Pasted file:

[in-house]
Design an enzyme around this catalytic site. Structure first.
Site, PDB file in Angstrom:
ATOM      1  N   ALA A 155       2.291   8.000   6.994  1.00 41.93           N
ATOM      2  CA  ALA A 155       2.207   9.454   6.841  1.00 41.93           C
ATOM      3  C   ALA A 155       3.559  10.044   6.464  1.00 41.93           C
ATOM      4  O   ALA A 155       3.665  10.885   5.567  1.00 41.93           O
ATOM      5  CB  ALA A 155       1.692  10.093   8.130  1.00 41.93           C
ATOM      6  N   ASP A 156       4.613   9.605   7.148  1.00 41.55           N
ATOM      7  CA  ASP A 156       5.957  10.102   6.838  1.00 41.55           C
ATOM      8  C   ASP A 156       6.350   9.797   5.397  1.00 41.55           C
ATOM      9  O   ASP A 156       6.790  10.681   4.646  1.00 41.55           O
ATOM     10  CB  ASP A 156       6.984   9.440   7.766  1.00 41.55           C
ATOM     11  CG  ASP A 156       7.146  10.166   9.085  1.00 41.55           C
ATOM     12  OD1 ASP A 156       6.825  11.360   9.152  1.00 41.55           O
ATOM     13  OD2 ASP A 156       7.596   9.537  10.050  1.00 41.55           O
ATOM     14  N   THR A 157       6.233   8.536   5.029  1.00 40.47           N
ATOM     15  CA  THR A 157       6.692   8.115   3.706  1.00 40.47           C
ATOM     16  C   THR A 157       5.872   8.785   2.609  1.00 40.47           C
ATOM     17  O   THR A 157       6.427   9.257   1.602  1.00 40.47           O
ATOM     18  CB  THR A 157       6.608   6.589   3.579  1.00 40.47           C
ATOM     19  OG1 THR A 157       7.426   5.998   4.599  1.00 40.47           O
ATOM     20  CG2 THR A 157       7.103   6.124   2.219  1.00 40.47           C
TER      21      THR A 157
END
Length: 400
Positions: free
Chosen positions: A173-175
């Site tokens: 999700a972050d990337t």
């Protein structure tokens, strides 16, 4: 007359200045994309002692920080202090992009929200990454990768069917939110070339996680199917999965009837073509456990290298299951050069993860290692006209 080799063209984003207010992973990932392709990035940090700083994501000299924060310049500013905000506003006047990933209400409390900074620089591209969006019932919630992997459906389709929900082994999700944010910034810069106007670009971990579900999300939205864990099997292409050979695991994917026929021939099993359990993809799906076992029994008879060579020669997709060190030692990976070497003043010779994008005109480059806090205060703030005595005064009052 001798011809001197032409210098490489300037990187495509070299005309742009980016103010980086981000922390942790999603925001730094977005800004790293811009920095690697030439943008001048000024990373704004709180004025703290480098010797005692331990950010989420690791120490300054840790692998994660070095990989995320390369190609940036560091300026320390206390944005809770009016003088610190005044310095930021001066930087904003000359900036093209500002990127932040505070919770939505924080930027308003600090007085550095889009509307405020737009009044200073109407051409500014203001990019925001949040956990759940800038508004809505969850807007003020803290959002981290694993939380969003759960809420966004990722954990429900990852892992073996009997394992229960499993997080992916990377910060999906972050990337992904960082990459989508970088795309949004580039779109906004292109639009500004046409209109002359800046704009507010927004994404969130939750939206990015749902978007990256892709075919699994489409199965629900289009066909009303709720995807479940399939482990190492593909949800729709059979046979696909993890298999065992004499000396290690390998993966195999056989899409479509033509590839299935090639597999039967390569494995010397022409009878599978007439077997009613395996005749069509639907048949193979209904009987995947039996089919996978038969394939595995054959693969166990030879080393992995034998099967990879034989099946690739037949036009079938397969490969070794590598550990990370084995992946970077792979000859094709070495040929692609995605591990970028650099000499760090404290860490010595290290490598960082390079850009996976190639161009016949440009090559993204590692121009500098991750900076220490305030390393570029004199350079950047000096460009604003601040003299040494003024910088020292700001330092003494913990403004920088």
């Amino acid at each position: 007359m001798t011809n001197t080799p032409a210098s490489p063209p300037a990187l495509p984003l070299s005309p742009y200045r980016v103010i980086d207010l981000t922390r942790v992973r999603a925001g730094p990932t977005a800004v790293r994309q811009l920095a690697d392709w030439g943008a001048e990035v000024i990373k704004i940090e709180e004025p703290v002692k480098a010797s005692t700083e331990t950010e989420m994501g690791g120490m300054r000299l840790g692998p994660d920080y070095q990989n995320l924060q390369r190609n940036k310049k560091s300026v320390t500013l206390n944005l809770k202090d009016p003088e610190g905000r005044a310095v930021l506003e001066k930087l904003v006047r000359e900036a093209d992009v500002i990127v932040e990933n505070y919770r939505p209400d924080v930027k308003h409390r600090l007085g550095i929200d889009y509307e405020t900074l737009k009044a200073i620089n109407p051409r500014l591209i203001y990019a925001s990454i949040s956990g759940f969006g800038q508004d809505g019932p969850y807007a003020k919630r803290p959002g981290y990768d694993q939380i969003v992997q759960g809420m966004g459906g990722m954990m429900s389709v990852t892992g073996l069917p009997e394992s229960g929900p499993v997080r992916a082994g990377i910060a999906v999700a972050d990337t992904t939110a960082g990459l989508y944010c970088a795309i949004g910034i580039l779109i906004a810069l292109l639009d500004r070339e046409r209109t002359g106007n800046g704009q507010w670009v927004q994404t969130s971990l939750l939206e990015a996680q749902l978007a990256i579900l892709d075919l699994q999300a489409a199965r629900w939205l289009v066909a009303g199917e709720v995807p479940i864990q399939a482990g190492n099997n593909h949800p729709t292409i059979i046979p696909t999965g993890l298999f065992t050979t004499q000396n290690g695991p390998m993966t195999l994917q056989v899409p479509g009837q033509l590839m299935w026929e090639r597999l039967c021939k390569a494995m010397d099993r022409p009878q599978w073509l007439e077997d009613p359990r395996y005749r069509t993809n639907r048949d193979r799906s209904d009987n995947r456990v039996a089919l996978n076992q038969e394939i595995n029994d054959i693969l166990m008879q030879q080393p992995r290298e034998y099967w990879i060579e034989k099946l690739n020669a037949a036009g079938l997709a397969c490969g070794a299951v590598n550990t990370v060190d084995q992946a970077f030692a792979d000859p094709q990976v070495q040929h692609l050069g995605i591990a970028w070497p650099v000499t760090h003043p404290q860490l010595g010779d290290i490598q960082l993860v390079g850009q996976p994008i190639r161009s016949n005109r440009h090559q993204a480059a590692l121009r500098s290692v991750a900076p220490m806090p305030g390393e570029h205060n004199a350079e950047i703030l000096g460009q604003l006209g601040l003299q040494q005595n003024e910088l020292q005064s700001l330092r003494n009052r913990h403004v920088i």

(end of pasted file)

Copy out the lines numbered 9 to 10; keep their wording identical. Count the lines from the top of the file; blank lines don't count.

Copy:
ATOM      6  N   ASP A 156       4.613   9.605   7.148  1.00 41.55           N
ATOM      7  CA  ASP A 156       5.957  10.102   6.838  1.00 41.55           C